Last night, I sat down to watch the English film West is West (2010).
What drew me to the British production was its predecessor, East is East, which I had watched a few years back to much delight.
Like with most sequels, West is West falls short of the original but it was not a complete disappointment for me.
By the way, you can still watch West is West even if you haven’t seen East is East.
While the older film was based in urban UK of 1971, the follow-on is set for the most part in the Pakistan countryside in 1976.
Bitter for the Ones Left Behind
It’s a familiar story (familiar at least to us) of cultural clashes involving immigrants in a foreign land (UK in this instance).
After an egregious insult from his youngest son Sajid (Aqib Khan) following a nasty incident outside the home, the boy’s father George/Jahangir Khan (Om Puri) takes him to his homeland Pakistan (the film was actually shot in Chandigarh, India) to give him a peek into his culture and roots.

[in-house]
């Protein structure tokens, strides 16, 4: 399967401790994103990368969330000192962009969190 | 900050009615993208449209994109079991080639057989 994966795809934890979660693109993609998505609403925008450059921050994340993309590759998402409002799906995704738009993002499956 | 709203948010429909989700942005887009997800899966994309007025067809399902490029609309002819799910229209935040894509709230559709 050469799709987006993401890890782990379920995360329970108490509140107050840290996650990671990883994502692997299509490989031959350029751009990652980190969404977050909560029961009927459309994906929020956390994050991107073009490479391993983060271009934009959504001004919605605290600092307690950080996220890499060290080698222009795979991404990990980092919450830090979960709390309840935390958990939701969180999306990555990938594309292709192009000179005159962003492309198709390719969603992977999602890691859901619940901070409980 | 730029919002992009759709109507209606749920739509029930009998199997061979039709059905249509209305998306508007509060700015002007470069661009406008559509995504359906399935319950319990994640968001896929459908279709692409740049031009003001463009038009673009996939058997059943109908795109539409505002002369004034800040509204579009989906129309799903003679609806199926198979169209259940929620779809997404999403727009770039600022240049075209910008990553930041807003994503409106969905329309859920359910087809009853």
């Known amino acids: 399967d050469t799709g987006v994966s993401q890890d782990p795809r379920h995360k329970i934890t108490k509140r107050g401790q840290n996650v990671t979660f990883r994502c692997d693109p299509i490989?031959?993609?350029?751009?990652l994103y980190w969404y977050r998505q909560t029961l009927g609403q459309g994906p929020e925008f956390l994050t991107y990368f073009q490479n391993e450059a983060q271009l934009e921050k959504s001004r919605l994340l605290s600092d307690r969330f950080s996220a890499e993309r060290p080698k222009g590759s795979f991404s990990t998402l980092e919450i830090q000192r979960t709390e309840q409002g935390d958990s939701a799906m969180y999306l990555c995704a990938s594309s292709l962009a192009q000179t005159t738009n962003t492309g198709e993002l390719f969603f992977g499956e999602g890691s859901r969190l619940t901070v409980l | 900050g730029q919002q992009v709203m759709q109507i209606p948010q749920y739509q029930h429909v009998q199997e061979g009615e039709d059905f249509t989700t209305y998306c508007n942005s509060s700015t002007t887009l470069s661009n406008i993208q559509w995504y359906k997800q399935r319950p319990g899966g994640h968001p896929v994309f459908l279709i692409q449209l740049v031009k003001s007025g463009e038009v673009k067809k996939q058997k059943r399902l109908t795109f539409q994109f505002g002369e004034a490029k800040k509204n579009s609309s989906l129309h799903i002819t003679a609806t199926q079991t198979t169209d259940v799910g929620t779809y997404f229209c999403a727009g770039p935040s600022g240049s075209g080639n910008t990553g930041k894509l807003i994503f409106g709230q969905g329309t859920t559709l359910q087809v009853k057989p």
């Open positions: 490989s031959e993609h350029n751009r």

I was pleased with the photography, an oft-ignored aspect in any Indian film.
The rustic landscape – the unelectrified home, the dusty village, the sand storm etc – is realistic and comes alive in the shots.
While some aspects of the story seemed a little trite and the dialogs occasionally strayed into the outright phony, director Andy DeEmmony still managed to hold my interest by integrating George/Jahangir’s long-abandoned Pakistan family into the immigrant angle.
But the acting, photography and the un-Bollywood aspect of the film were more than adequate compensation for any shortcomings.
Far too often an immigrant’s journey for a better life abroad is accompanied by a bitter existence for those left behind at home. And that part comes out well in West is West.
Much praise has been heaped upon British youngster Aqib Khan who plays Sajid Khan.
While Aqib is not a bad actor, I felt Raj Bhansali, the local Pakistani kid Zaid who befriends Sajid, was a far superior, a more natural actor.
Om Puri is usually a class act and he’s true to form in West is West too. One of the few Indian actors (apart from Anupam Kher) with a reputation that transcends India’s borders.
I can’t remember if I’ve seen Ila Arun (who plays George’s abandoned wife Basheera), earlier on the screen but she was impressive in West is West and made me keen to see her other films.